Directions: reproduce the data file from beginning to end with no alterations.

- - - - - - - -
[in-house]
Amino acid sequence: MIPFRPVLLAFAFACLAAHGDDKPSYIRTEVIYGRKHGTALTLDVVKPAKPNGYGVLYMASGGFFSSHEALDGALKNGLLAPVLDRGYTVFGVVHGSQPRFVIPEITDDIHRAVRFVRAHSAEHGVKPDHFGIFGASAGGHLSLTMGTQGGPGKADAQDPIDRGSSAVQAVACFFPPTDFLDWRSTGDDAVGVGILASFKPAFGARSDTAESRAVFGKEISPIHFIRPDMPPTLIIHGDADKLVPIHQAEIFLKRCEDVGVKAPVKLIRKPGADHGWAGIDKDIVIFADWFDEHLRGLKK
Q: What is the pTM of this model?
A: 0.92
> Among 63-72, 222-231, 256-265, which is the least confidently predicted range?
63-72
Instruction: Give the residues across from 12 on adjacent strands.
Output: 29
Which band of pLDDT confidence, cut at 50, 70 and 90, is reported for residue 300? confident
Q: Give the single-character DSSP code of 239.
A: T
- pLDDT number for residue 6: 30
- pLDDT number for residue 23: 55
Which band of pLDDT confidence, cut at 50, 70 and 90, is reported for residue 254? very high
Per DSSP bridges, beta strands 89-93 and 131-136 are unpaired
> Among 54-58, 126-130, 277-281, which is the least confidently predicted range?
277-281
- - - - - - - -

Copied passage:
[in-house]
Amino acid sequence: MIPFRPVLLAFAFACLAAHGDDKPSYIRTEVIYGRKHGTALTLDVVKPAKPNGYGVLYMASGGFFSSHEALDGALKNGLLAPVLDRGYTVFGVVHGSQPRFVIPEITDDIHRAVRFVRAHSAEHGVKPDHFGIFGASAGGHLSLTMGTQGGPGKADAQDPIDRGSSAVQAVACFFPPTDFLDWRSTGDDAVGVGILASFKPAFGARSDTAESRAVFGKEISPIHFIRPDMPPTLIIHGDADKLVPIHQAEIFLKRCEDVGVKAPVKLIRKPGADHGWAGIDKDIVIFADWFDEHLRGLKK
Q: What is the pTM of this model?
A: 0.92
> Among 63-72, 222-231, 256-265, which is the least confidently predicted range?
63-72
Instruction: Give the residues across from 12 on adjacent strands.
Output: 29
Which band of pLDDT confidence, cut at 50, 70 and 90, is reported for residue 300? confident
Q: Give the single-character DSSP code of 239.
A: T
- pLDDT number for residue 6: 30
- pLDDT number for residue 23: 55
Which band of pLDDT confidence, cut at 50, 70 and 90, is reported for residue 254? very high
Per DSSP bridges, beta strands 89-93 and 131-136 are unpaired
> Among 54-58, 126-130, 277-281, which is the least confidently predicted range?
277-281